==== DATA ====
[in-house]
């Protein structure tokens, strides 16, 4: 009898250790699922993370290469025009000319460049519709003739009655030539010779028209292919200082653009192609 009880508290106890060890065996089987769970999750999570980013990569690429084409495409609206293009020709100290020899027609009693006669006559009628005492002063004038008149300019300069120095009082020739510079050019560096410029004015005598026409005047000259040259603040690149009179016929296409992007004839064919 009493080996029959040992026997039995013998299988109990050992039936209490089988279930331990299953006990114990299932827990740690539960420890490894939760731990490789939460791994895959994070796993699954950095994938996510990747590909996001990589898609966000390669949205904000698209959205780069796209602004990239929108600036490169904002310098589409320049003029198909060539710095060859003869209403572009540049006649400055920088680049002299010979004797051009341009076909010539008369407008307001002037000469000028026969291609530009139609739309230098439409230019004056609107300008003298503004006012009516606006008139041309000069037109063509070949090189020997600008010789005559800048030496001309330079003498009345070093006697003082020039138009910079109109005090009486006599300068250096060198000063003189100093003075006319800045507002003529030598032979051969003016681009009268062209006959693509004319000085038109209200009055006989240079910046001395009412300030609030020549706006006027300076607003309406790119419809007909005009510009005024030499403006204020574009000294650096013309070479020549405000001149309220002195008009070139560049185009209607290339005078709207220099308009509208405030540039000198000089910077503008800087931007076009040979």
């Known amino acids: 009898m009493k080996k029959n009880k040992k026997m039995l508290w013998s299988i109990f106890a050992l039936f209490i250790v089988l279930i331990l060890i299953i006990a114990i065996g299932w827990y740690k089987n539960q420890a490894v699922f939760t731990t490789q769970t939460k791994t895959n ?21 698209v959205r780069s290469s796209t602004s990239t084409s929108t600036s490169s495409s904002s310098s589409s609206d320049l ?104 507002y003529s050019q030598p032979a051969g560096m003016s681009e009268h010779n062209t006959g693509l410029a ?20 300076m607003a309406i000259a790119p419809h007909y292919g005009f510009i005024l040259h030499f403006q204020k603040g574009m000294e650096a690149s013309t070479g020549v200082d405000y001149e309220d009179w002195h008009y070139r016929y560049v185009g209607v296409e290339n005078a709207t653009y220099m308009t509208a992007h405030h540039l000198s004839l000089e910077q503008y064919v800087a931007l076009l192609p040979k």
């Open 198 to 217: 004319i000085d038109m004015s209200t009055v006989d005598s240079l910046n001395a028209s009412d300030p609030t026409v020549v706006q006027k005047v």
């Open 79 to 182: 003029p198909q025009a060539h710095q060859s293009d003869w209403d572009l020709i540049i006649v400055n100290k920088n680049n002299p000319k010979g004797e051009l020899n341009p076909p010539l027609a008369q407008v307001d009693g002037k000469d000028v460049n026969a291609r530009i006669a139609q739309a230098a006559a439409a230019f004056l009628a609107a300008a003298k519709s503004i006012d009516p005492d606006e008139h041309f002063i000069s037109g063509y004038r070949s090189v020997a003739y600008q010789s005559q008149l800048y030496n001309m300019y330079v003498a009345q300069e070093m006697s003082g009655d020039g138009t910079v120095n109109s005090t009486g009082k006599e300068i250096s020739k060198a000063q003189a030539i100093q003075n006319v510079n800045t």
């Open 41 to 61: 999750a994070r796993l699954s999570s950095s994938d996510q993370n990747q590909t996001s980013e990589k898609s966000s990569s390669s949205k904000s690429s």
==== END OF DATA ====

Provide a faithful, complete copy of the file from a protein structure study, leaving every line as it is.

[in-house]
């Protein structure tokens, strides 16, 4: 009898250790699922993370290469025009000319460049519709003739009655030539010779028209292919200082653009192609 009880508290106890060890065996089987769970999750999570980013990569690429084409495409609206293009020709100290020899027609009693006669006559009628005492002063004038008149300019300069120095009082020739510079050019560096410029004015005598026409005047000259040259603040690149009179016929296409992007004839064919 009493080996029959040992026997039995013998299988109990050992039936209490089988279930331990299953006990114990299932827990740690539960420890490894939760731990490789939460791994895959994070796993699954950095994938996510990747590909996001990589898609966000390669949205904000698209959205780069796209602004990239929108600036490169904002310098589409320049003029198909060539710095060859003869209403572009540049006649400055920088680049002299010979004797051009341009076909010539008369407008307001002037000469000028026969291609530009139609739309230098439409230019004056609107300008003298503004006012009516606006008139041309000069037109063509070949090189020997600008010789005559800048030496001309330079003498009345070093006697003082020039138009910079109109005090009486006599300068250096060198000063003189100093003075006319800045507002003529030598032979051969003016681009009268062209006959693509004319000085038109209200009055006989240079910046001395009412300030609030020549706006006027300076607003309406790119419809007909005009510009005024030499403006204020574009000294650096013309070479020549405000001149309220002195008009070139560049185009209607290339005078709207220099308009509208405030540039000198000089910077503008800087931007076009040979």
């Known amino acids: 009898m009493k080996k029959n009880k040992k026997m039995l508290w013998s299988i109990f106890a050992l039936f209490i250790v089988l279930i331990l060890i299953i006990a114990i065996g299932w827990y740690k089987n539960q420890a490894v699922f939760t731990t490789q769970t939460k791994t895959n ?21 698209v959205r780069s290469s796209t602004s990239t084409s929108t600036s490169s495409s904002s310098s589409s609206d320049l ?104 507002y003529s050019q030598p032979a051969g560096m003016s681009e009268h010779n062209t006959g693509l410029a ?20 300076m607003a309406i000259a790119p419809h007909y292919g005009f510009i005024l040259h030499f403006q204020k603040g574009m000294e650096a690149s013309t070479g020549v200082d405000y001149e309220d009179w002195h008009y070139r016929y560049v185009g209607v296409e290339n005078a709207t653009y220099m308009t509208a992007h405030h540039l000198s004839l000089e910077q503008y064919v800087a931007l076009l192609p040979k």
């Open 198 to 217: 004319i000085d038109m004015s209200t009055v006989d005598s240079l910046n001395a028209s009412d300030p609030t026409v020549v706006q006027k005047v």
């Open 79 to 182: 003029p198909q025009a060539h710095q060859s293009d003869w209403d572009l020709i540049i006649v400055n100290k920088n680049n002299p000319k010979g004797e051009l020899n341009p076909p010539l027609a008369q407008v307001d009693g002037k000469d000028v460049n026969a291609r530009i006669a139609q739309a230098a006559a439409a230019f004056l009628a609107a300008a003298k519709s503004i006012d009516p005492d606006e008139h041309f002063i000069s037109g063509y004038r070949s090189v020997a003739y600008q010789s005559q008149l800048y030496n001309m300019y330079v003498a009345q300069e070093m006697s003082g009655d020039g138009t910079v120095n109109s005090t009486g009082k006599e300068i250096s020739k060198a000063q003189a030539i100093q003075n006319v510079n800045t």
């Open 41 to 61: 999750a994070r796993l699954s999570s950095s994938d996510q993370n990747q590909t996001s980013e990589k898609s966000s990569s390669s949205k904000s690429s």